The restoration occurred on the Tree of the Cross and was given to us in the Garden of the Resurrection. The connection between the two gardens, the Garden of Eden and the Garden of the Resurrection, is inescapable. Death which came with Adam and Eve’s rebellion was overcome with Christ’s resurrection. The fruit of the Tree of Life was given to us in the fruit of the Tree of the Cross. There, on this new Tree of Life, Satan’s head was crushed.

There are those in world around us who do not want us to see that. They do not want us to see the big picture, much less understand it. There those in world around us who seek to hide Easter by focusing attention on Easter bunnies, eggs, and Easter parades. Many do the same at Christmas by trying to turn Christmas into “The Winter Holidays” filled with reindeer, snowmen, and light shows. The commercial world around us, still under the influence of the serpent, seeks to blind us with glitter and glitz to capture our vision. All seek to have us ignore what Jesus Christ was all about.

The event we celebrate from Holy Thursday to Easter Sunday has two aspects: by his death, Christ liberates us from sin; by his Resurrection, he opens for us the way to a new and eternal life. This new life reinstates us to living in closeness with God in God’s grace, the destiny God gave when He created Adam and Eve, “so that as Christ was raised from the dead by the glory of the Father, we too might walk in newness of life.” The Garden of the Resurrection gloriously replaces the Garden of Eden. Life lived in closeness with God is now possible again.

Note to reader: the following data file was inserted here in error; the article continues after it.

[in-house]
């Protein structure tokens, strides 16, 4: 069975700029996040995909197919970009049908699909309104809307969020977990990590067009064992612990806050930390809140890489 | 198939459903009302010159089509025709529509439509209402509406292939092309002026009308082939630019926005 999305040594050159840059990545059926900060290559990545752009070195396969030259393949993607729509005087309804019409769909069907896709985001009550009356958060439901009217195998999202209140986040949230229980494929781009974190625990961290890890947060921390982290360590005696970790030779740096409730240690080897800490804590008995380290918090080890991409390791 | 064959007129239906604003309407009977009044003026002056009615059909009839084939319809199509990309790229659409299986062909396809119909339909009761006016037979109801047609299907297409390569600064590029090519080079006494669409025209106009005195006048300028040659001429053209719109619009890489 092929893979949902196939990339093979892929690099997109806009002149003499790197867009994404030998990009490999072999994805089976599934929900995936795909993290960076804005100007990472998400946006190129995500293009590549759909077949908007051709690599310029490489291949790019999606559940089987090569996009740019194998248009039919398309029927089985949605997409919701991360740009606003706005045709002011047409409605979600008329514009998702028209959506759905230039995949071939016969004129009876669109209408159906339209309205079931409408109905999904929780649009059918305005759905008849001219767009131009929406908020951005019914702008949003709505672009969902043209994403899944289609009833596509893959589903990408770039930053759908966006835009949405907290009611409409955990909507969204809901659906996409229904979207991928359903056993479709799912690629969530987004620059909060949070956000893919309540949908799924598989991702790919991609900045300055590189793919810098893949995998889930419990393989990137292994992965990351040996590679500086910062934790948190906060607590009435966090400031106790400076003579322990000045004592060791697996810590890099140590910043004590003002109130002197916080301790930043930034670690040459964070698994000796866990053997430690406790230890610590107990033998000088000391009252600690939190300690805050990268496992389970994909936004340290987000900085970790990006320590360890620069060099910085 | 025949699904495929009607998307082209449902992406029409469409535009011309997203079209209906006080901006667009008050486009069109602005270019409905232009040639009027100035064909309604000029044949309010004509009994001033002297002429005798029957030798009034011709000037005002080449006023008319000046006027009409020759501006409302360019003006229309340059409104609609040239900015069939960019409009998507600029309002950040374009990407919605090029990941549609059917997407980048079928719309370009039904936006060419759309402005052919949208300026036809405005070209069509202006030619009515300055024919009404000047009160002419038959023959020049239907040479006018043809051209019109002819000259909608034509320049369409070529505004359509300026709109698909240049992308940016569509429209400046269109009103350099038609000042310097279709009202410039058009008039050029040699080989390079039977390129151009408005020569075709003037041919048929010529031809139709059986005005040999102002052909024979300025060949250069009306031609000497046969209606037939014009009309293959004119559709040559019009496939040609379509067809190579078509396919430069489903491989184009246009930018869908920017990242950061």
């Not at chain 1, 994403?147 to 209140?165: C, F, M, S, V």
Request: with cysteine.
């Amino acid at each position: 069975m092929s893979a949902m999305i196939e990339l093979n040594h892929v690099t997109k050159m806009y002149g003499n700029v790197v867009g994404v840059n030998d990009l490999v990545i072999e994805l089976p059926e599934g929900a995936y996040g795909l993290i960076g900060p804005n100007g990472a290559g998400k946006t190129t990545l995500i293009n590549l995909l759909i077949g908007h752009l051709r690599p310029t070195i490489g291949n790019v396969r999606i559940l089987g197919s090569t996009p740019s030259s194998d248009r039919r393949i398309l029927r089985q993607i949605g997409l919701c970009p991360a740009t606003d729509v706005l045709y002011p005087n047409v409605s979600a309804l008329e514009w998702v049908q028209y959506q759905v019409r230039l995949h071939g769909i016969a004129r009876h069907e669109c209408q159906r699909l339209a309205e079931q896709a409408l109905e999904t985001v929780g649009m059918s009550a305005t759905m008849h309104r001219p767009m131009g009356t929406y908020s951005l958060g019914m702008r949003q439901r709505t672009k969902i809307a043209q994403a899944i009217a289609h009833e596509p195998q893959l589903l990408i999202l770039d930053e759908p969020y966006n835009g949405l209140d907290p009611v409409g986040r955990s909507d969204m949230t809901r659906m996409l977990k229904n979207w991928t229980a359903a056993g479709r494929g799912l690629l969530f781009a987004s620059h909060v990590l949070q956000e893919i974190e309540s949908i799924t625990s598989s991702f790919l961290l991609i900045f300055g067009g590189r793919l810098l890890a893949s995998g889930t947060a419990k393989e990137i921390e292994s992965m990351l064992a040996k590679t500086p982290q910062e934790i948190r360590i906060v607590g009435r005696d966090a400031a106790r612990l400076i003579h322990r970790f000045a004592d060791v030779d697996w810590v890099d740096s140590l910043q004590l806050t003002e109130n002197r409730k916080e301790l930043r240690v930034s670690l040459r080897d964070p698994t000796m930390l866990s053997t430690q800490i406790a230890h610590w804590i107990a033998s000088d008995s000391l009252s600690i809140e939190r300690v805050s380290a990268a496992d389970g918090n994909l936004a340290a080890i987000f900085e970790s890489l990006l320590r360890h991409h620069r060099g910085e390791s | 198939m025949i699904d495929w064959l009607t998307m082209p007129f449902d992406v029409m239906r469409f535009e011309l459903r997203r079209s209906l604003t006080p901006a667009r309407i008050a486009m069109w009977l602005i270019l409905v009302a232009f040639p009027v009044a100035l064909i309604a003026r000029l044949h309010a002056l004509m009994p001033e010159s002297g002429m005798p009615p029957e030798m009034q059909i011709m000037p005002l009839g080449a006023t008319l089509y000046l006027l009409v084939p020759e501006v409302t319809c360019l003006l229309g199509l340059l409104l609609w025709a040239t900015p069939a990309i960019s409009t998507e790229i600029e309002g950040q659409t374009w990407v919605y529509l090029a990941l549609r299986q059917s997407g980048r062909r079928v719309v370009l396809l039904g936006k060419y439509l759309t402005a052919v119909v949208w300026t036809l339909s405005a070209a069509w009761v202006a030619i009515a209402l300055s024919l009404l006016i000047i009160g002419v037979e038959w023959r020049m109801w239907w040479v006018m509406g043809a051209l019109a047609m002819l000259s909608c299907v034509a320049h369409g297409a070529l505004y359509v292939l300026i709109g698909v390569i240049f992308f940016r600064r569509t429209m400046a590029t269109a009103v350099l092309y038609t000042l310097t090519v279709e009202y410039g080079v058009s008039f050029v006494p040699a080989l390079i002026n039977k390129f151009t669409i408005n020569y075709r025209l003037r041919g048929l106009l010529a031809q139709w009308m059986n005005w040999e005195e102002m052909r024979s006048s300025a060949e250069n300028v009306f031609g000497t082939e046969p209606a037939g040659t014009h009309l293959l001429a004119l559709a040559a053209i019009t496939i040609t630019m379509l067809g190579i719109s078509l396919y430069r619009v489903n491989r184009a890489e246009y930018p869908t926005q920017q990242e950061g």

The account of the eyewitnesses to Christ’s resurrection is the foundation of our faith. These eyewitnesses to the resurrection of Jesus and his post-resurrection appearances were simple, unsophisticated people, people with no axe to grind and no agenda designed to dupe their listeners. After twenty centuries their account still stands, stands without any reasonable refutation of what they saw and said. All of the attacks that the worldly have directed at them have failed. Why? Because they gave us the simple truth, the tomb is empty and Jesus is out and about.

All of this gives me not only assurance but the desire to share their testimony message and to proclaim it to all who would listen. Jesus Christ is risen from the dead. Alleluia!

The truth of Jesus’ divinity is confirmed by his Resurrection. Before Jesus entered into His passion and death He had said: “When you have lifted up the Son of man, then you will know that I am he.” The Resurrection of the crucified one shows that he was truly “I AM”, the Son of God and God himself. Christ’s Resurrection is closely linked to the Incarnation of God’s Son which we celebrate at Christmas and is its fulfillment in accordance with God’s eternal plan.

Christ is risen! Your life and my life have meaning. Death does not end our existence. Not only that but I know that God is a God of love, that He loves me, that He loves you, and that each and every human being in God’s eyes has value beyond measure. What happiness I have in bringing that wonderful news to people in this world, especially people living in today’s world, a world filled with horrors and miseries heaped upon them by those who either deny there is a God, who deny any value to human life, and who are anti anything and everything of decency, beauty, and goodness.

It is great and wonderful news I proclaim to you today. Christ is risen! Alleluia!

 

 

About Charles Irvin

Fr. Charlie was ordained a priest June 3, 1967 and has served as pastor of St. Mary Student Chapel in Ann Arbor, founded Holy Spirit parish in Hamburg, MI, served as pastor of St. Francis of Assisi parish in Ann Arbor and was pastor of St. Mary parish in Manchester, MI when he entered Senior Priest status in 2001. In 1999 he was appointed Founding Editor of FAITH Magazine which has grown into Faith Catholic Publishing located in Lansing, MI. He is now very active in his “retirement.”